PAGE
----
Open Security News week 3-2022

Good cyber security solutions are open solutions. Transparency builds trust. Simple solutions that can easily be understand and studied are more transparent than complex proprietary cyber security solutions. Stop reinventing the wheel: Use proven open solutions to fight your cyber security challenges.

1 What NPM Should Do Today To Stop A New Colors Attack Tomorrow

NPM is known for security misery. This blog addresses some needed improvements.


2 Should you use Let’s Encrypt for internal hostnames?

Every organisation hits the problem of enabling TLS on internal servers. Despite all advantages that Let’s Encrypts gives for the Internet facing servers you should solve this problem for your internal servers within your context. This blogs is a good reminder.


3 Open source isn’t the security problem – misusing it is

Security is a process, not a product. Repeat after me, “security is a process, not a product.” Linus’s law, as Eric S Raymond phrased it.


4 Attacks on Email Sender Authentication

Recently I noticed a great talk given at Blackhat 2020. This talk has a great paper, slides and a FOSS tool. Summarized: email is complex. Never trust an email by default. Trust requires more than technology.


5 The Rise of the Professional Security Hacker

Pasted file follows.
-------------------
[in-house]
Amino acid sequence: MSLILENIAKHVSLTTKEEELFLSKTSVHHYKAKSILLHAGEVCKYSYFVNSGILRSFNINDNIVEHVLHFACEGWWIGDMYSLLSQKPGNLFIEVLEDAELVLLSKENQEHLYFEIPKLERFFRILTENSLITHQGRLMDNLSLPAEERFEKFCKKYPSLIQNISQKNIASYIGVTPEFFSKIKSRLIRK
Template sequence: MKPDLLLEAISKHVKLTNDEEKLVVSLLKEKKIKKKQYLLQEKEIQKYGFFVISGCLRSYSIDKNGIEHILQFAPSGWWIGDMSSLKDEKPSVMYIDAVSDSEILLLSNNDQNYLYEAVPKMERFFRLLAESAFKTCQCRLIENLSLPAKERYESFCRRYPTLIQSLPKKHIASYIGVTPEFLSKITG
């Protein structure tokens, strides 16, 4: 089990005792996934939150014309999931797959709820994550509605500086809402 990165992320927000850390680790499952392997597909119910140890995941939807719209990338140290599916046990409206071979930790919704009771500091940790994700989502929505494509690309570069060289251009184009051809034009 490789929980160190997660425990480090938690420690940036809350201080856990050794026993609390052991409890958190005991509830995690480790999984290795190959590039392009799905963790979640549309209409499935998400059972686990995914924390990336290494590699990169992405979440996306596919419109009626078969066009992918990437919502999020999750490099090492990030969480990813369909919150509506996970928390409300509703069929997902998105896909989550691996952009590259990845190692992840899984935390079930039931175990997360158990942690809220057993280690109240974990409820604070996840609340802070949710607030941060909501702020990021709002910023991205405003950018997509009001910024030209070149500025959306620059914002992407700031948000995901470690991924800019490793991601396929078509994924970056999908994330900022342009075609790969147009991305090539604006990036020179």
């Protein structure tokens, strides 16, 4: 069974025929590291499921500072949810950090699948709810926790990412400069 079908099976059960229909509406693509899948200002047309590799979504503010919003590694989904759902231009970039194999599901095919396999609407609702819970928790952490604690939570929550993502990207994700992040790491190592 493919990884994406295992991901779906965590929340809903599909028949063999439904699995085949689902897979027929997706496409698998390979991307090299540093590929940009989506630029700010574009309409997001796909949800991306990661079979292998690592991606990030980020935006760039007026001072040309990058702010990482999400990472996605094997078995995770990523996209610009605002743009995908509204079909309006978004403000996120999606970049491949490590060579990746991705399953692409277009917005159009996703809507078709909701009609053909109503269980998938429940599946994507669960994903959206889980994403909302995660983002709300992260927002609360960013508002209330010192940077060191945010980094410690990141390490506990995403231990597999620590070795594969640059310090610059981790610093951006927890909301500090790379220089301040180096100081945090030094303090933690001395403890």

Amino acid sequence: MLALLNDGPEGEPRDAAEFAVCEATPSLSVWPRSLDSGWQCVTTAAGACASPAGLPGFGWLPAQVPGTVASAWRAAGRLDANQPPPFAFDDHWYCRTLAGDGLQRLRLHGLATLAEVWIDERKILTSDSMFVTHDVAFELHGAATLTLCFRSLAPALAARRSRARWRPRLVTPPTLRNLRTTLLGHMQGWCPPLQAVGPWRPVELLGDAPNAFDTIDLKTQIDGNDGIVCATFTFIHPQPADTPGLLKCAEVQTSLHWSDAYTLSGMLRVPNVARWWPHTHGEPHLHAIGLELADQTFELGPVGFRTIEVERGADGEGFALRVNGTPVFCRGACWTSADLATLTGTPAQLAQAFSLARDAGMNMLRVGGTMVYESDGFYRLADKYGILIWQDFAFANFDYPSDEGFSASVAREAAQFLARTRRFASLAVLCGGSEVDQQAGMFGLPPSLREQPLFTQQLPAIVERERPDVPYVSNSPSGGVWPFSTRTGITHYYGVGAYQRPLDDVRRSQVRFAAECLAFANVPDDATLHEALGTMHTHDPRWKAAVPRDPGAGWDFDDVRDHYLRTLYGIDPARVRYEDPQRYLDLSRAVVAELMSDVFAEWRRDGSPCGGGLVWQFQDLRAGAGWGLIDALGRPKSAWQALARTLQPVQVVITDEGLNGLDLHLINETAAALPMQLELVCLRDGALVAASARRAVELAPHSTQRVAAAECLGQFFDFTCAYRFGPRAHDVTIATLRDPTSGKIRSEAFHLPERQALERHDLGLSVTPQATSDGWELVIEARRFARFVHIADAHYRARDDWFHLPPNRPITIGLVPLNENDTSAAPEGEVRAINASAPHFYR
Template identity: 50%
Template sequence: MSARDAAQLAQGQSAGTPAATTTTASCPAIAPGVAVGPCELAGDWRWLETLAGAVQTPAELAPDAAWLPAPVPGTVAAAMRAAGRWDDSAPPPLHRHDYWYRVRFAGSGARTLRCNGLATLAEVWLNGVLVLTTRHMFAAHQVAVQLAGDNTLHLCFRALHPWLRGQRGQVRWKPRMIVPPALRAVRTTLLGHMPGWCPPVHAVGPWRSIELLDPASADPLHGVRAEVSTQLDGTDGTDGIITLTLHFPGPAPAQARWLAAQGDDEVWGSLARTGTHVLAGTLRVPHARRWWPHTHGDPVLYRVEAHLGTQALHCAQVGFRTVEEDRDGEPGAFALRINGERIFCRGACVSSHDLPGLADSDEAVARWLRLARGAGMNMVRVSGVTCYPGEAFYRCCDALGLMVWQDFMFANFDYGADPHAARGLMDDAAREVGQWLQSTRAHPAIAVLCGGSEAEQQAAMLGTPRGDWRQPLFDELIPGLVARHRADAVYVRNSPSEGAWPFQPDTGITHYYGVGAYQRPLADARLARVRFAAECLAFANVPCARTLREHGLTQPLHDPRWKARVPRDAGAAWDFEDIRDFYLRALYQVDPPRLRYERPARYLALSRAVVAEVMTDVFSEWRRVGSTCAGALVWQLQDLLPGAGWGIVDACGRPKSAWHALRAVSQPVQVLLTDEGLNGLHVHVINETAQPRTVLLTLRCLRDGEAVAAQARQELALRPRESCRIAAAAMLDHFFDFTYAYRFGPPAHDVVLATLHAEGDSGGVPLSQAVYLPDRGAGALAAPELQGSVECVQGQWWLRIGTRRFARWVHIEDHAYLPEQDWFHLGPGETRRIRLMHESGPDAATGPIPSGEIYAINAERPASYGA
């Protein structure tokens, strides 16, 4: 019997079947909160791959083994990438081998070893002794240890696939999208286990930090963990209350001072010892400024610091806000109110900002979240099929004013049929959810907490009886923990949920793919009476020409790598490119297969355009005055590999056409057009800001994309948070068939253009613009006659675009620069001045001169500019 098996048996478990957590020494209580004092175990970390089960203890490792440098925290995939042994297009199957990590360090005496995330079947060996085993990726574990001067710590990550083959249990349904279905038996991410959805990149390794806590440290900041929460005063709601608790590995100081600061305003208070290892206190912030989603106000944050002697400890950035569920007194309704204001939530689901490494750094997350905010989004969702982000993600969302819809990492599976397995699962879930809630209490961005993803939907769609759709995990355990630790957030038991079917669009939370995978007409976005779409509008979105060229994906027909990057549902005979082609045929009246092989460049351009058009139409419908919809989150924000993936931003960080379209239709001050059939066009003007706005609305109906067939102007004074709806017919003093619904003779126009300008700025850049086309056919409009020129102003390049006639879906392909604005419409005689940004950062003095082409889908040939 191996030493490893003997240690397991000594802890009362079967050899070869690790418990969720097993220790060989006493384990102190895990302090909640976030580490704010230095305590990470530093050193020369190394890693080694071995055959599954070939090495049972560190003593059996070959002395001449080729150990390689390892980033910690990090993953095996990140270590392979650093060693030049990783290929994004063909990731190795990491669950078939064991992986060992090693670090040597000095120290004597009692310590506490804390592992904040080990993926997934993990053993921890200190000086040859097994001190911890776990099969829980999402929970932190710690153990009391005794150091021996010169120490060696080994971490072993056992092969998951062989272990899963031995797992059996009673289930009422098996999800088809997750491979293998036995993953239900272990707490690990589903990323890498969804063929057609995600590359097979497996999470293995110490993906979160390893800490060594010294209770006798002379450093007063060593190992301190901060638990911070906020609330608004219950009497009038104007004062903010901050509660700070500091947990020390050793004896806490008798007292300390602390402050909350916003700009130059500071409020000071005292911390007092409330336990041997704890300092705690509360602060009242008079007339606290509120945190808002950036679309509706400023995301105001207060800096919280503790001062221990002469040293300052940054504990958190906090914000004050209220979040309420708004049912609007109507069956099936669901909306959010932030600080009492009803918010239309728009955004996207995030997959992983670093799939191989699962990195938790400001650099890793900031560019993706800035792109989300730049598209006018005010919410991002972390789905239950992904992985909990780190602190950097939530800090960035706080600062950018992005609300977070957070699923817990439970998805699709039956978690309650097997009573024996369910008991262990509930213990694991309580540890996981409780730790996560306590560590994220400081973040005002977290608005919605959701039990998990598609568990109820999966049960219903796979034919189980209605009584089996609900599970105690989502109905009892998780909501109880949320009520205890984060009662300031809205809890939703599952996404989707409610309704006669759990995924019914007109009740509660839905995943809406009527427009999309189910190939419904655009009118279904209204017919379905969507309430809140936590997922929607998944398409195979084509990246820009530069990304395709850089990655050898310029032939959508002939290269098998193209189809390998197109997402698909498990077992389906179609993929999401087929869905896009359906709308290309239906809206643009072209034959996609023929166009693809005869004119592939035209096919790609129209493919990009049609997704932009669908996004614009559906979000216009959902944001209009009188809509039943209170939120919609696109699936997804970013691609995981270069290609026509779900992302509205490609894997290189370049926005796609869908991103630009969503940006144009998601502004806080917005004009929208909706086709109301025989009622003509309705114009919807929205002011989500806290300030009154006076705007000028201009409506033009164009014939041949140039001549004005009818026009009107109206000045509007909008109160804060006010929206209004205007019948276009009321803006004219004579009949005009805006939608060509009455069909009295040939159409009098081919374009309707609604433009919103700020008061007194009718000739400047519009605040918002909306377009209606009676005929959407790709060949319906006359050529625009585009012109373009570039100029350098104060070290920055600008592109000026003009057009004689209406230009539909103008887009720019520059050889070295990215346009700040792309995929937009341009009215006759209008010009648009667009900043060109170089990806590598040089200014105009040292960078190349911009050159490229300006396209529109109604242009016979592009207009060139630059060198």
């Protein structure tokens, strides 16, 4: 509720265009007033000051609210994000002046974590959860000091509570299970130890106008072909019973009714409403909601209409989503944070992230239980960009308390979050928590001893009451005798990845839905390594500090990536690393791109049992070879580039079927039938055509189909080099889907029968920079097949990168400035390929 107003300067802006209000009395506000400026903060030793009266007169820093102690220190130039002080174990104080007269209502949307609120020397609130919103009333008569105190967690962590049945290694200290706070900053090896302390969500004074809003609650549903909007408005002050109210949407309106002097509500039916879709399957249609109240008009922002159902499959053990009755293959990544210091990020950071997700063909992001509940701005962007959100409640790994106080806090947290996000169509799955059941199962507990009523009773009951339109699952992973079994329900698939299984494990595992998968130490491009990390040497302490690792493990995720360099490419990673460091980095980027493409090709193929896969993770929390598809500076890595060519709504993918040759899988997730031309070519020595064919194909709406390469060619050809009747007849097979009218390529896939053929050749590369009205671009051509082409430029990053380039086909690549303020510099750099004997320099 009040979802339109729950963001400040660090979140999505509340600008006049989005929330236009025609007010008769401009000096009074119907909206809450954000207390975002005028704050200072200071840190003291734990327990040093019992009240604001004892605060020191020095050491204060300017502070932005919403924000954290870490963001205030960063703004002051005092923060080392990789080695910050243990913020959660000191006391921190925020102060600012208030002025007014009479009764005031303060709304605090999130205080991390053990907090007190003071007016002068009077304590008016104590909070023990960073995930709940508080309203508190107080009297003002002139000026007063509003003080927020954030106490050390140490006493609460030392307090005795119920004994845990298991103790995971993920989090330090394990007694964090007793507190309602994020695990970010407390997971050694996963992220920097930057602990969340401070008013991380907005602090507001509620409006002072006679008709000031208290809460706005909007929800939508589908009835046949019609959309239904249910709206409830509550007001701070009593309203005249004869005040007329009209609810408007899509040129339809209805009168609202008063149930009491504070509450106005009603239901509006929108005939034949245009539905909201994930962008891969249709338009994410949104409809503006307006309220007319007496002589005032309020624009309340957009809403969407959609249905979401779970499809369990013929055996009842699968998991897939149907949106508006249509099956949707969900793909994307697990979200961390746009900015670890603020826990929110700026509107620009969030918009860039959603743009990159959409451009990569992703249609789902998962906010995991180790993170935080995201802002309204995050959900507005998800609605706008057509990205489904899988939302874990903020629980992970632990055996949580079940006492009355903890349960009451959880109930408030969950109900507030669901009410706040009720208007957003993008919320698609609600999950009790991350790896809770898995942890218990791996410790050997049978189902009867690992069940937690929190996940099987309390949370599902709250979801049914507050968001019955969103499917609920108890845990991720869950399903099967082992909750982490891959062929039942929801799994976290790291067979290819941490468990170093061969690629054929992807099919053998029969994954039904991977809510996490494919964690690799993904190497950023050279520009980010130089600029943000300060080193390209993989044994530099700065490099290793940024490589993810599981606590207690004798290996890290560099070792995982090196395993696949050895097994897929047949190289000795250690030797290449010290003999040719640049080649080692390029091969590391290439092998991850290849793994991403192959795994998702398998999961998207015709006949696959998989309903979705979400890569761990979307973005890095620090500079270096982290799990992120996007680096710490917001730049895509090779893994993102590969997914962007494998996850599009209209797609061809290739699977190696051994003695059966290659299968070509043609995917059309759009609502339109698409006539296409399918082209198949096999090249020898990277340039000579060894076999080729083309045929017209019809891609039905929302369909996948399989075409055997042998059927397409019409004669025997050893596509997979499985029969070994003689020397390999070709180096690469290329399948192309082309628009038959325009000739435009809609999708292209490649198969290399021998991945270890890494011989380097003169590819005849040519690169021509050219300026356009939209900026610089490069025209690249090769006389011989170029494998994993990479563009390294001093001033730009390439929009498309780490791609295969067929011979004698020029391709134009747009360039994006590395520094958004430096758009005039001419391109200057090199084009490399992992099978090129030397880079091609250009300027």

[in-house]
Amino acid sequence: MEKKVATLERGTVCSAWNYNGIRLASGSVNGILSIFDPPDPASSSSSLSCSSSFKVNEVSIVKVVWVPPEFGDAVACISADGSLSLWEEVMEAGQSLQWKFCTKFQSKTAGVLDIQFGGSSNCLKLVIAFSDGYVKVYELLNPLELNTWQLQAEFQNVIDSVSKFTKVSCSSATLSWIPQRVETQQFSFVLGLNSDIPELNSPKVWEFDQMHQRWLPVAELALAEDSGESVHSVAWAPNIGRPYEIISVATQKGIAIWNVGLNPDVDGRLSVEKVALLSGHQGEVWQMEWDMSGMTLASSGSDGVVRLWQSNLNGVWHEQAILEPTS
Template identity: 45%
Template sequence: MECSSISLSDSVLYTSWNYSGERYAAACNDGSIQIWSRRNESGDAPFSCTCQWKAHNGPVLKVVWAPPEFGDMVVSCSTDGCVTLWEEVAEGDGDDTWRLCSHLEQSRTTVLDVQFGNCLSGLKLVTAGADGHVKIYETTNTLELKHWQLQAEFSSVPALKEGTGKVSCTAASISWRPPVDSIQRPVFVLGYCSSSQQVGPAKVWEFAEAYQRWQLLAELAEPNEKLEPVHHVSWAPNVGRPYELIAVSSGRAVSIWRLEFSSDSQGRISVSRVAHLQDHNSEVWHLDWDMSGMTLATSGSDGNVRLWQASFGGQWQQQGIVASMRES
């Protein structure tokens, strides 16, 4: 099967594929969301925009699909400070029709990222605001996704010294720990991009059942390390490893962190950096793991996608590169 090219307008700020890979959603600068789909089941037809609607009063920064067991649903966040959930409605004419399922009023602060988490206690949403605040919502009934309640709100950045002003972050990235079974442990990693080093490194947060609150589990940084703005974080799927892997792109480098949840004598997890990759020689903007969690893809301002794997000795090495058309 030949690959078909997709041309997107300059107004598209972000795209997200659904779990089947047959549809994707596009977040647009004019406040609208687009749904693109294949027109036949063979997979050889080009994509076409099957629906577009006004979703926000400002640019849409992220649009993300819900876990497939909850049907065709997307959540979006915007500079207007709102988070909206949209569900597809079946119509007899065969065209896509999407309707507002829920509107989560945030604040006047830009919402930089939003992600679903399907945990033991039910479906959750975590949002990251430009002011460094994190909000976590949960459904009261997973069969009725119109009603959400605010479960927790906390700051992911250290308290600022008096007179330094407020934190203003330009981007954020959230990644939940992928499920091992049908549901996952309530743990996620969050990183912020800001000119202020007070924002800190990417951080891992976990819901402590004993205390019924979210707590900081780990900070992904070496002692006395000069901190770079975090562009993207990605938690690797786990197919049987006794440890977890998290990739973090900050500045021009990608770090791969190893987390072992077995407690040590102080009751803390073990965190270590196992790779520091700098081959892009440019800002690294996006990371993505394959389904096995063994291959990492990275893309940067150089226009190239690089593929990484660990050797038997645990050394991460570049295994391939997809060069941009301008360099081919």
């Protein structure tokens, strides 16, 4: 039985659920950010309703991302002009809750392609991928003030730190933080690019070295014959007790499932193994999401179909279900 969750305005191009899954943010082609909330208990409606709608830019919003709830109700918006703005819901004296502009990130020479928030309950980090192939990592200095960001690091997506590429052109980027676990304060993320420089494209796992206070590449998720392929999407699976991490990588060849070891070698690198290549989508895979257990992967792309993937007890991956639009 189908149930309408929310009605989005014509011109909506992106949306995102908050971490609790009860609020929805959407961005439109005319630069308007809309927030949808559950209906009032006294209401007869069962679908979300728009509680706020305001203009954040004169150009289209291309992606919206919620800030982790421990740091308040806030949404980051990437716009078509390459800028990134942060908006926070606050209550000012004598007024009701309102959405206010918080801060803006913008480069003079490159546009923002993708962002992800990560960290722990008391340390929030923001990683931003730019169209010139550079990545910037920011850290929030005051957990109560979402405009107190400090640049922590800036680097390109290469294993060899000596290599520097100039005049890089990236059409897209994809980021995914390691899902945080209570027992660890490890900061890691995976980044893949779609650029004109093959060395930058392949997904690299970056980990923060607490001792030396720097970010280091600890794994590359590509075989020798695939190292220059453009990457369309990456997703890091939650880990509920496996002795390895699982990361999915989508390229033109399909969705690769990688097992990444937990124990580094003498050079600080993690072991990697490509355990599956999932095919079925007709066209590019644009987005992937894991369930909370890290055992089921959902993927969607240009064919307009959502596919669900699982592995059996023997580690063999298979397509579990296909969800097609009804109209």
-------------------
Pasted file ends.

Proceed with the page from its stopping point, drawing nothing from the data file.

The 1990s professionalization of the hacker has set the stage for the next period of struggle over the concept of security in the modern world. Great pdf report for download.


6 Measuring User Perceived Security of Mobile Banking Applications

Mobile banking applications have gained popularity and have significantly revolutionised the banking industry. Despite the convenience offered by M-Banking Apps, users are often distrustful of the security of the applications due to an increasing trend of cyber security compromises, cyber-attacks, and data breaches. Great report based on real research.
(arXiv Link)

7 AI for Beyond 5G Networks: A Cyber-Security Defense or Offense Enabler?

AI’s capabilities and vulnerabilities make it a double-edged sword that may jeopardize the security of future networks. T
(arXiv Link)

8 Software Freedom Doesn’t Kill People, Your Security Through Obscurity Kills People

At least one person has already been killed in a crash while using a proprietary software auto-control system. Most importantly, it ignores the fact that proprietary software in cars is at least equally, if not more, dangerous. Not a new story, but in the aftermath of Log4j again good to realize again!

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The Open Security newsletter is an overview of cyber security news with a core focus on openness. Pointing out what went wrong after a cyber security breach is easy. Designing good and simple measurements is hard. So join the open Security Reference Architecture collaboration project to create better solutions together. Or become a partner to support this project. Use our RSS or ATOM feed to follow Open Security News.